Thanks to Portsmouth Lib Dems for sharing their recent successful survey. We asked Suzy, Josh, Steve and Stu to share with us how they had turned a burning issue into a brilliant campaign and leaving a legacy for the next campaign in each ward.
Initially, we identified the most important local issue – parking – in one of the wards, after two democratically introduced Residents’ Parking Zones were taken away by the Conservative administration. It then became apparent that this issue was relevant across every target ward, but we realised that some areas already had parking zones, so we designed an alternative survey for those areas.
Before we started designing it, we decided we wanted to genuinely ask residents their opinion on some suggestions we were presenting, rather than it being exclusively a data mining exercise. As a result, we decided to make this a consultation exercise on parking and traffic issues, such as speeding, air quality, commercial vehicle parking and cycling.
Our original campaign plan was for a two-colour riso but we changed it to a full-colour externally printed A3 folded survey. We did warded versions, which allowed for candidate promotion and hyper-localised questions, and consciously kept the party branding subtle to tempt people into opening it and responding.
We broke the design into separate issue sections, to try and prevent overcrowding it. Each section opened with a picture and quote from a candidate/cllr contextualising the issue.
We included a speak-up question, details of the same survey online and an opportunity to submit further ideas and comments – either handwritten and returned with the survey or by email. The FREEPOST address was located so that the survey could be returned in the same envelope it was delivered in.
Two volunteer artworkers worked alongside a core group of other local activists to write and sense check the content.
We put addressed labels on every survey and stuffed them in an unsealed windowed envelope. Ward teams were encouraged to knock and drop a minimum of one polling district or more if they had the capacity, over a period of two months. We had significantly more returns in the areas that were knocked and dropped.
During the knock and drop, we only mentioned the freepost option if they were resistant to leaving it for us to collect in the usual way. Some surveys were posted with freepost envelopes included to inaccessible addresses.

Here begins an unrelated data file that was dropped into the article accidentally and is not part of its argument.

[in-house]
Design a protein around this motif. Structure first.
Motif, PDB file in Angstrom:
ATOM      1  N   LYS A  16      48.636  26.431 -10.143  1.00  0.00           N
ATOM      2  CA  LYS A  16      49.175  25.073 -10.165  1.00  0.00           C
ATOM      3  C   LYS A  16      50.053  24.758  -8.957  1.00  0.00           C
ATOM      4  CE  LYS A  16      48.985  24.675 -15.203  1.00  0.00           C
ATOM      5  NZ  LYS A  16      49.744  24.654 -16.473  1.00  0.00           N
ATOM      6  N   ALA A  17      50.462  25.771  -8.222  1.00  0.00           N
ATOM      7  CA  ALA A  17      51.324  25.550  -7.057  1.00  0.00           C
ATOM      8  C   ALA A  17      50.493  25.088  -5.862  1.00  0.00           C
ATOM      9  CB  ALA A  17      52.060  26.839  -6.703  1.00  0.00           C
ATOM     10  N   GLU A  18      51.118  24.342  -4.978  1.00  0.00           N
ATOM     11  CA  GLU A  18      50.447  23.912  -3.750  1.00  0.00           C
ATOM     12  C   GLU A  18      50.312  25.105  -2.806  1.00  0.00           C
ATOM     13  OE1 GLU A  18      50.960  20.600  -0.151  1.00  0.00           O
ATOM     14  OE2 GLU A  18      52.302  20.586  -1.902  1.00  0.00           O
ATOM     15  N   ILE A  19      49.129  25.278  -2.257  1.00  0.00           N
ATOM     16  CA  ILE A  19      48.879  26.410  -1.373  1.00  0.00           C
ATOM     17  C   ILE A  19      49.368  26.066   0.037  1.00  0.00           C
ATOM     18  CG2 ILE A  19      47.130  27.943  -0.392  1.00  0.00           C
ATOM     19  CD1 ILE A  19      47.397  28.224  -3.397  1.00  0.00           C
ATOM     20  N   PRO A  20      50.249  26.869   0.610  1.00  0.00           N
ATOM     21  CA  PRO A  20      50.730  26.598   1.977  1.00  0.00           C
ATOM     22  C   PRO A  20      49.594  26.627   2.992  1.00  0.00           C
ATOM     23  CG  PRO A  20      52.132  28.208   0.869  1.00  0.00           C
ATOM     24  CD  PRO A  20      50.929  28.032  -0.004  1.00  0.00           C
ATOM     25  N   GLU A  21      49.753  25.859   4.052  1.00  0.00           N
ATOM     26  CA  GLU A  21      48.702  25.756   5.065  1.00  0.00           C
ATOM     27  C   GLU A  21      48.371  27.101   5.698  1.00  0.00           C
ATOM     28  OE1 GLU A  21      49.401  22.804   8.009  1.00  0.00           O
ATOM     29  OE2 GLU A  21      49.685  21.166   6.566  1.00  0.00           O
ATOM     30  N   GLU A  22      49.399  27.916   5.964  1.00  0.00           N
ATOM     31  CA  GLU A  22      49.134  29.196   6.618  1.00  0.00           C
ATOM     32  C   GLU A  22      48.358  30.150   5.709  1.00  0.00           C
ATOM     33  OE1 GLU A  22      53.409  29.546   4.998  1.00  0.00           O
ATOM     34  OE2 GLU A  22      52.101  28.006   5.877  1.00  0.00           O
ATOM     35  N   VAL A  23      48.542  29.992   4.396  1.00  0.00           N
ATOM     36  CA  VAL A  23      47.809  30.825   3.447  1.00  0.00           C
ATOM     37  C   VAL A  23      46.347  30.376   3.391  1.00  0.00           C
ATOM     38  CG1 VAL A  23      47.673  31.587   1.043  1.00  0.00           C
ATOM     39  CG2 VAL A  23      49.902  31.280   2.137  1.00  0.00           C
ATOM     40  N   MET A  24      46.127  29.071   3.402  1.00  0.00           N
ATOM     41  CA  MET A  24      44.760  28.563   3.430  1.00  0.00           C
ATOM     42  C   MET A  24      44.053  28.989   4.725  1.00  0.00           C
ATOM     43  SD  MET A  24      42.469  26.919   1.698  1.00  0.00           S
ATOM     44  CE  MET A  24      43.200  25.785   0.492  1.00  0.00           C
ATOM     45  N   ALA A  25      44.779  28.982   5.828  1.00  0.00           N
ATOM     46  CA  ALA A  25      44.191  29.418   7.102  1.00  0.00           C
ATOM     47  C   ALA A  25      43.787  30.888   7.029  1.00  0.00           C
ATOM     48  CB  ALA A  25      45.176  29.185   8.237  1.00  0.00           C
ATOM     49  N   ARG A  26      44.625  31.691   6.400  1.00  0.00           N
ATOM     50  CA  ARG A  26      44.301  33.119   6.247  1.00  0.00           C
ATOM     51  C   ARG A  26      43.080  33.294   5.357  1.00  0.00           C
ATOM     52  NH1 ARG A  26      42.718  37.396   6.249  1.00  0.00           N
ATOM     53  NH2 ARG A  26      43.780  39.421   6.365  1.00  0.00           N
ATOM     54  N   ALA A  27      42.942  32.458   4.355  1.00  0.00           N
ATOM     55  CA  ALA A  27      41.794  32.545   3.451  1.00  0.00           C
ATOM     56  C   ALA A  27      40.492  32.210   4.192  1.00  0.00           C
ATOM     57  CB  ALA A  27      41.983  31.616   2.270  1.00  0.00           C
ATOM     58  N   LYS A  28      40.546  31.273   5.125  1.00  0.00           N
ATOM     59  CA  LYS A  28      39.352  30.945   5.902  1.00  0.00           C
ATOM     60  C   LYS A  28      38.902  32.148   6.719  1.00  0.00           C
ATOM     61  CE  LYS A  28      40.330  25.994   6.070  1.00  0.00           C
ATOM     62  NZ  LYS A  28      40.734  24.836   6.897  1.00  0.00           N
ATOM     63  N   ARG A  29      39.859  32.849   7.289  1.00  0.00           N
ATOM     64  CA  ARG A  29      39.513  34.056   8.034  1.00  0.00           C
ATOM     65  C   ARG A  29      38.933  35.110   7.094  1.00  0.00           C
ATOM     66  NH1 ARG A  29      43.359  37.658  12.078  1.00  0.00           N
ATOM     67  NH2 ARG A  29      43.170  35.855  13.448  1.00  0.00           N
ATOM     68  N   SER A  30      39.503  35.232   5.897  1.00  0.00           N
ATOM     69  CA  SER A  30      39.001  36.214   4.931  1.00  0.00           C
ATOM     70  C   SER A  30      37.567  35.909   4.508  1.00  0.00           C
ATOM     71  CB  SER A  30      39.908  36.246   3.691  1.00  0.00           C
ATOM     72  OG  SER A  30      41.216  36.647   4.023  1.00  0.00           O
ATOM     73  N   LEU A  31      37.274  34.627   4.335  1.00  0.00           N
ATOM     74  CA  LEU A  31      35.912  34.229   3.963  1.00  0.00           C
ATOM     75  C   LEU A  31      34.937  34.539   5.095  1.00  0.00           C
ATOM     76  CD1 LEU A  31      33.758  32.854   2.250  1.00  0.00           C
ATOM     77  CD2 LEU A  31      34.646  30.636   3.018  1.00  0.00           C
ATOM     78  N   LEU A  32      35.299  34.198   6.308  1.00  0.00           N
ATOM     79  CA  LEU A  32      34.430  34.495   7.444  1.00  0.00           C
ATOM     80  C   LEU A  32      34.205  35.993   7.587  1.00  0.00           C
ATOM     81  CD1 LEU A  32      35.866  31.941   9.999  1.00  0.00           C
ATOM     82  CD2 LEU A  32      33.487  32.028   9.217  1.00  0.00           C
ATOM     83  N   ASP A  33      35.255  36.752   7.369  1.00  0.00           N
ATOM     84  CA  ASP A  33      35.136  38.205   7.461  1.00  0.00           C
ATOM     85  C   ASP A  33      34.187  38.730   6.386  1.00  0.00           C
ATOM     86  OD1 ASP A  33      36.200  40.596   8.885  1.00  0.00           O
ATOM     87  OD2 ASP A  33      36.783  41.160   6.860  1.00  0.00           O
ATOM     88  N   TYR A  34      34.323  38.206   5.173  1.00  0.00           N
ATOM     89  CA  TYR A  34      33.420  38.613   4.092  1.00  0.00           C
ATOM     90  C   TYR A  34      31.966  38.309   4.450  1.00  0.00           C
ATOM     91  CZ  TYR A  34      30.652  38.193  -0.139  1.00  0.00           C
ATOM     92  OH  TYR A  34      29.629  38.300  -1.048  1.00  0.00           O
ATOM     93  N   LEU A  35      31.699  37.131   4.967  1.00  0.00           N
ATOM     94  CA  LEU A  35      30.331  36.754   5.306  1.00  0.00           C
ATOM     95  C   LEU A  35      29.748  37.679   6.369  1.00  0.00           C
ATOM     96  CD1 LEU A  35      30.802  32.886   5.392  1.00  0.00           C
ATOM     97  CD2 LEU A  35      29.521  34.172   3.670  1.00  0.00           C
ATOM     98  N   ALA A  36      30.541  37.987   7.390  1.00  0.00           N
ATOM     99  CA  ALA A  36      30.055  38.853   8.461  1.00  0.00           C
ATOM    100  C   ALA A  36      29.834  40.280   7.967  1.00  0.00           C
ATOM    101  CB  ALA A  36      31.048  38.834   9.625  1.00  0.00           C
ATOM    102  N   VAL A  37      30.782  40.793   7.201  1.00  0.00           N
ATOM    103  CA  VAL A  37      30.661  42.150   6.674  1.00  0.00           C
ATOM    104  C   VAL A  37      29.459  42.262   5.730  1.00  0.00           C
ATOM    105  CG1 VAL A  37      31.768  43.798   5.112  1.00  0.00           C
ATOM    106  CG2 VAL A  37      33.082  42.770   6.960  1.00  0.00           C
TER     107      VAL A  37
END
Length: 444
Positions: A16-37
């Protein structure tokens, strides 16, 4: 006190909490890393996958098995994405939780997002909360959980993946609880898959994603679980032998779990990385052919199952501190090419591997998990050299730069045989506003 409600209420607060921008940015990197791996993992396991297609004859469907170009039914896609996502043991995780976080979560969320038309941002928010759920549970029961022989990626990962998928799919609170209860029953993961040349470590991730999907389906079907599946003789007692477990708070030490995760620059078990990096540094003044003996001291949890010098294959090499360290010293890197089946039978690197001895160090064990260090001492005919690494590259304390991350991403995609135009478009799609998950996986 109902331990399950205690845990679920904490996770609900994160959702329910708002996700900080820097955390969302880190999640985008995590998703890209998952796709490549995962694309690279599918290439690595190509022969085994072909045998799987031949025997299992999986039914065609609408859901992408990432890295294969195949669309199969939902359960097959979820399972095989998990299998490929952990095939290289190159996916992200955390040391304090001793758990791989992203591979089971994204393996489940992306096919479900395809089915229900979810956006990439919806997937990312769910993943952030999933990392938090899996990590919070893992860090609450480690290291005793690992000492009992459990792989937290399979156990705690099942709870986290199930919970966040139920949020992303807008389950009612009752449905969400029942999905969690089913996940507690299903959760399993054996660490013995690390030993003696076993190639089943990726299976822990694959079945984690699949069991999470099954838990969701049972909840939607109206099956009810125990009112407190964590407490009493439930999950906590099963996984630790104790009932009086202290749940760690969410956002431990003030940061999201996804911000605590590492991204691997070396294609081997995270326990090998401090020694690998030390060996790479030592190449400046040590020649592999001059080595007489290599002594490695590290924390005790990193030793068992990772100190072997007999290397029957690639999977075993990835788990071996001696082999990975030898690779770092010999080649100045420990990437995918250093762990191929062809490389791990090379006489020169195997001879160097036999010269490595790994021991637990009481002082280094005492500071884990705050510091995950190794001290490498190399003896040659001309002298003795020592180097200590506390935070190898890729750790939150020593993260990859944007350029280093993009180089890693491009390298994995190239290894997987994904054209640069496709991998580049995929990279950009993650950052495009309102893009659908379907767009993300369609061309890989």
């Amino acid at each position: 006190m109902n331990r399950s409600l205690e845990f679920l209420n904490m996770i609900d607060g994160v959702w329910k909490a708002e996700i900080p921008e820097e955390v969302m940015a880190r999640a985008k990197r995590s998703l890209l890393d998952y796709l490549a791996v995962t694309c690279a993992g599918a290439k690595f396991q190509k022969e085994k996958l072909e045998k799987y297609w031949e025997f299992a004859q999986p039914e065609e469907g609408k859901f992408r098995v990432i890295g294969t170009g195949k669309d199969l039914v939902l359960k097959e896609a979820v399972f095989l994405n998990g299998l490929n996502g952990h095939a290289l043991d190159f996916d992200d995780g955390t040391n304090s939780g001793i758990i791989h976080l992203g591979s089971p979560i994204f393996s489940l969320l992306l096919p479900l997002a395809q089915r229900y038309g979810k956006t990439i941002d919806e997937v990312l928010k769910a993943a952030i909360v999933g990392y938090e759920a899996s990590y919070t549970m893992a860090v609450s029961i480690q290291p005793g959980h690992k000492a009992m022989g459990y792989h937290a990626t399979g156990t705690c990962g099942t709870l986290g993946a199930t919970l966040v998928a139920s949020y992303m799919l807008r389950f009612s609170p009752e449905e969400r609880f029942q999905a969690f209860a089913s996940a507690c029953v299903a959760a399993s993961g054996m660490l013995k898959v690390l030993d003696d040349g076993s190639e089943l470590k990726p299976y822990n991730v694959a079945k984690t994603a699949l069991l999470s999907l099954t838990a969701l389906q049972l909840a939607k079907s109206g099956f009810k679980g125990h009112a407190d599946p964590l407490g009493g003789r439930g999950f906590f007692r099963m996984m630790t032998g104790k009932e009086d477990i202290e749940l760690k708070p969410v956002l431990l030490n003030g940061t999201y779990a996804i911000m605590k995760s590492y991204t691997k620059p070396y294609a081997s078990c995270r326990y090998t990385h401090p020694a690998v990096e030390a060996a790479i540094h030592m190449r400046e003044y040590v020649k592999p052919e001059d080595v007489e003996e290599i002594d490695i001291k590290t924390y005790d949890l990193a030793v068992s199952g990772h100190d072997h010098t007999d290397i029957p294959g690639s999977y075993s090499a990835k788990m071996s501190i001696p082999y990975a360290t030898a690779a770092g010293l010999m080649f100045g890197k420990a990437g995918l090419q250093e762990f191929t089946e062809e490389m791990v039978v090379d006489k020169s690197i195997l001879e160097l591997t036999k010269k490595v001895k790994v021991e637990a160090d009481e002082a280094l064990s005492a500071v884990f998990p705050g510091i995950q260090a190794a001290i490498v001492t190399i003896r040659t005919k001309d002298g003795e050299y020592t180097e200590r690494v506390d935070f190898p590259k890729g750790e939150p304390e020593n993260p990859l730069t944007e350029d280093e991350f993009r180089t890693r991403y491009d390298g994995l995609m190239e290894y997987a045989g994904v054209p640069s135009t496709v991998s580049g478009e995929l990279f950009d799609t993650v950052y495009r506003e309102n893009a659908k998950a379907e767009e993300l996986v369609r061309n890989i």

This survey has seen the highest response rate of any warded survey we have ever done, with an estimated excess of 10% of households returning the survey at the time of writing.
A significant number of survey returns included handwritten or printed letters giving extra feedback on the issues. We also received many emails of a similar nature.
The only political question, the speak-up question, was answered by around one-third of responses. The area the survey was delivered to consisted of approximately 51,500 homes. At the time of writing, over 5,000 surveys have been returned.
Many more people than usual were willing to provide additional data, such as emails and telephone numbers, than we would usually expect.
We will be putting out a global warded leaflet, reporting back on the results of the survey. In addition, candidates have been advised to write response letters or emails to all residents who returned the survey, especially those who raised specific issues.
This piece of work will help inform Portsmouth Lib Dem policy and action, as and when we return to running the administration.
The level of engagement with residents has given candidates a significant boost in their local profile ahead of next May’s local elections. We now have an average of 700-800 emails across our target wards, with several now having over 1,000.
We have learnt that when doing a survey, focusing it on the needs of residents, and not an explicit political agenda, will maximise engagement.
Rather than putting out a planned leaflet for the sake of it, we invested more money, time and effort into something that we knew people cared about and people would engage with. At the time of writing, more than a month after the last surveys were delivered, we are still receiving replies on a daily basis.